An office hysteroscopy is a procedure which is performed to examine the inside of the uterine cavity. This can provide information about your infertility, recurrent miscarriages, or abnormal uterine bleeding. Hysteroscopy allows the physician to diagnosis
This procedure is performed between cycle day 5-12, cycle day 1 is the first day of full flow of your menstrual cycle. There is no special preparation needed for the exam, although you may want to empty your bladder prior to the test. You may experience some discomfort with this procedure. You may take Tylenol, Advil or Motrin one hour prior to the procedure to decrease any cramping which may occur. Occasionally, prophylactic antibiotics may be prescribed, if you have a known history of pelvic infections.abnormalities inside the uterine cavity such as fibroids, scarring, infection, polyps, and congenital malformations.
This procedure is performed in our Newark office. You will be asked to lie on your back with your feet placed as for a pelvic exam. A device called a speculum is inserted into the vagina, it holds the walls of the vagina apart to allow the cervix to be viewed. A cotton swab will be used to obtain a specimen for your cervical cultures and PAP, if necessary. The cervix is then cleaned with betadine (please make us aware if you are allergic to shellfish or iodine) or Hibiclens and a thin lighted hysteroscope is passed through the cervix into the uterus. Saline is injected through the scope to expand the uterine cavity which enables the physician to view the uterine cavity and take pictures for documentation.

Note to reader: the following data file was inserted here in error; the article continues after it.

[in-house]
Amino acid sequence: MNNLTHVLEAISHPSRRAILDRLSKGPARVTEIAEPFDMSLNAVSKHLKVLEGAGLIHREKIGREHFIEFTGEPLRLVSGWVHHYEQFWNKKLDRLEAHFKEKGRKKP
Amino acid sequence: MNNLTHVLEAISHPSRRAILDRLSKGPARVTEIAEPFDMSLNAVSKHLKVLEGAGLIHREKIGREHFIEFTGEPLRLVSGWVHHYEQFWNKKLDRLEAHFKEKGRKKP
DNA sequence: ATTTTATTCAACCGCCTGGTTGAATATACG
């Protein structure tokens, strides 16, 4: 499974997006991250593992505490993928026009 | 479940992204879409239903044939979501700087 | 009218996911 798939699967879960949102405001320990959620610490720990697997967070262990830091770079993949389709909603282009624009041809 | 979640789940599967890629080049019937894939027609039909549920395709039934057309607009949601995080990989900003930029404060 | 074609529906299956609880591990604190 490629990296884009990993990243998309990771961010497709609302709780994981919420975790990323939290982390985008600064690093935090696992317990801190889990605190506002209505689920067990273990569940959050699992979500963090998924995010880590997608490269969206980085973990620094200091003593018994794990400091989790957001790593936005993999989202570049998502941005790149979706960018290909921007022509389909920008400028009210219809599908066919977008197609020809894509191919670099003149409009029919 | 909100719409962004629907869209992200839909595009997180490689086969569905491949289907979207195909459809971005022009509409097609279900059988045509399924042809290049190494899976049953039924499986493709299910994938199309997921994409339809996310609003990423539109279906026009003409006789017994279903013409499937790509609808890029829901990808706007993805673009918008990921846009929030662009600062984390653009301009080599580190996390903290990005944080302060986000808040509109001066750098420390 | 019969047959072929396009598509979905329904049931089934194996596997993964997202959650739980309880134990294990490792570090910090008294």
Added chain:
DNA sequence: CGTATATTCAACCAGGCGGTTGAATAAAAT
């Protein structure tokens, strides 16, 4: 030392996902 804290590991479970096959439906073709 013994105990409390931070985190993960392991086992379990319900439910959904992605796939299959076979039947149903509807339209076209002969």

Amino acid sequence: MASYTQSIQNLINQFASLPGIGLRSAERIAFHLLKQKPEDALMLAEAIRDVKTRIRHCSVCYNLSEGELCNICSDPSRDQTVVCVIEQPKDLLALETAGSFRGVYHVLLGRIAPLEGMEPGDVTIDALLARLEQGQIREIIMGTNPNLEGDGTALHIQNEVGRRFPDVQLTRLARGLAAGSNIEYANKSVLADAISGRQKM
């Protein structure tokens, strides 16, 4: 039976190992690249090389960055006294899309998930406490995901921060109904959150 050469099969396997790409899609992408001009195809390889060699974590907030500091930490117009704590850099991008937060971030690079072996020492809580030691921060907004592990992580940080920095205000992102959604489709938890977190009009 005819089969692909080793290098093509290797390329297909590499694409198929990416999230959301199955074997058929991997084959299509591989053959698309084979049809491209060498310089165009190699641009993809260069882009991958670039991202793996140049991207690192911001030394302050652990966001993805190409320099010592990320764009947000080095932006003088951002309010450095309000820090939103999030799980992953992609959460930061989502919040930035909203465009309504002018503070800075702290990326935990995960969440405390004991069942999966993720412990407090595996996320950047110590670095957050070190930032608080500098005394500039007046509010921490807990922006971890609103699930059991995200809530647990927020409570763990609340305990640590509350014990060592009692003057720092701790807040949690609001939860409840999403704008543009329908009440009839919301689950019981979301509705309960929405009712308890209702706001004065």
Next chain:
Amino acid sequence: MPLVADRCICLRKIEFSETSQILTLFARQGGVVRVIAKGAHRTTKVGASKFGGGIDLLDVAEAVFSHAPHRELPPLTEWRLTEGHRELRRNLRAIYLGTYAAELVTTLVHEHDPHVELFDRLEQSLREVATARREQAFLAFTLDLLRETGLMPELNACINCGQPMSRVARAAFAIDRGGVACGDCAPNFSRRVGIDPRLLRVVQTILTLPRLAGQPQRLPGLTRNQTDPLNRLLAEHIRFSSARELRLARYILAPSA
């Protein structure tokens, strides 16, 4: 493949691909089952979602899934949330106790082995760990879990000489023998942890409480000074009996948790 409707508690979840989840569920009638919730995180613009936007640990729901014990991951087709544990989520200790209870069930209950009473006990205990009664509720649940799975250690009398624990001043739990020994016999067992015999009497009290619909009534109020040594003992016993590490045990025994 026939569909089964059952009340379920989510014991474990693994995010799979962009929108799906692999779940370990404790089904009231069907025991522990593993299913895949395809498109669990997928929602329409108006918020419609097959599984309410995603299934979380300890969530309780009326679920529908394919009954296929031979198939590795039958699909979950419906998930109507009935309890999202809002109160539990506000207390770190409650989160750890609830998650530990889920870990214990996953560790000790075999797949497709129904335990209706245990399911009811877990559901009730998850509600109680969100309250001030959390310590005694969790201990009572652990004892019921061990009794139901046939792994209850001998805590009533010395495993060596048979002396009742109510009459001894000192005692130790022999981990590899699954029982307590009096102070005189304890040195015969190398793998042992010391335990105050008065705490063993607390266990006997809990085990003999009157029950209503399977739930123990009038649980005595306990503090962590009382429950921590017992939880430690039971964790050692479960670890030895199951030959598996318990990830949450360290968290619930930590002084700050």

After uterine cavity visualization and documentation, the hysteroscope then speculum will be removed.
Most women are able to go home right away and are back to their normal activities that day. Some of the following symptoms may occur after the test:
This test is very safe, but there is a rare risk of pelvic infection. Call your ob-gyn if you have any of the following symptoms:
If any abnormalities are discovered during the exam, you may be asked to have additional studies performed. These studies include, but are not limited to:
If irritation of the uterine cavity is visualized, a prophylactic antibiotic, for both patient and partner, may be recommended until your cervical culture results are received.
DIRM is truly a place where dreams, through science, become reality.